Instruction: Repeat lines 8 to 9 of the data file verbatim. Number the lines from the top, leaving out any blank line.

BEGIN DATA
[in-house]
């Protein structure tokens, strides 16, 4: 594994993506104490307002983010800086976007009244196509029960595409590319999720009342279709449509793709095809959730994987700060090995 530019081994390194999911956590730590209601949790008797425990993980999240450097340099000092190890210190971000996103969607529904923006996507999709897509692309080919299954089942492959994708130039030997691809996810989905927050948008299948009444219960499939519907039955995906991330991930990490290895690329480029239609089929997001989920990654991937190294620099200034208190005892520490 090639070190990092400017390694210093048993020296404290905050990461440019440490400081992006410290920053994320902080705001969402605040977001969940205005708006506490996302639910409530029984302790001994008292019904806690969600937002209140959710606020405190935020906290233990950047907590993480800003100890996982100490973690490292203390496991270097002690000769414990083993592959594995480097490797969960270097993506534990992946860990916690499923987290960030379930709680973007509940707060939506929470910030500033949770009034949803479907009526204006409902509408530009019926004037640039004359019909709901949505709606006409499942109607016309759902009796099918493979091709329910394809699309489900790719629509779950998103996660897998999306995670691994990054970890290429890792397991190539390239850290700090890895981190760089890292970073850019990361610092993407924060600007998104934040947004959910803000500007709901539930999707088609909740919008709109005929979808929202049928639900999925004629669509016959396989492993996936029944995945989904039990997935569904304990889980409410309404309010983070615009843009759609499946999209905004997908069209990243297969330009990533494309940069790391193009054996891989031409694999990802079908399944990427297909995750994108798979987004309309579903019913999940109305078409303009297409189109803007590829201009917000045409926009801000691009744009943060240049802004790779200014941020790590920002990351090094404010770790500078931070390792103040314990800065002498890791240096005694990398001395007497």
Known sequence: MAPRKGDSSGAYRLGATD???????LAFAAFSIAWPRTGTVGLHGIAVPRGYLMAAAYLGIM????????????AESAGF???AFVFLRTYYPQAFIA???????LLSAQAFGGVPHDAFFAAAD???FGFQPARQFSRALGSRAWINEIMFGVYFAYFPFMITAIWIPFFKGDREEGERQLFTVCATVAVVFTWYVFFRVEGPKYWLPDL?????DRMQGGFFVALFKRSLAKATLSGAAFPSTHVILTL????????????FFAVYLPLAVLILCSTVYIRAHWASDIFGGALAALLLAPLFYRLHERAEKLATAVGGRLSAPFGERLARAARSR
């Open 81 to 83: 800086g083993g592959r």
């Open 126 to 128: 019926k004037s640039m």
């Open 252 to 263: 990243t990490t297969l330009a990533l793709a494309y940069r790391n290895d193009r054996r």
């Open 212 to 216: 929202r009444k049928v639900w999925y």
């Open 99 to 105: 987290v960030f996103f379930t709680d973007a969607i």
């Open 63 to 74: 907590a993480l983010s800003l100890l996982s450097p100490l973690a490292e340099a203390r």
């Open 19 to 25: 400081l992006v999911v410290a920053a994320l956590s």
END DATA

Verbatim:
């Open 99 to 105: 987290v960030f996103f379930t709680d973007a969607i």
């Open 63 to 74: 907590a993480l983010s800003l100890l996982s450097p100490l973690a490292e340099a203390r």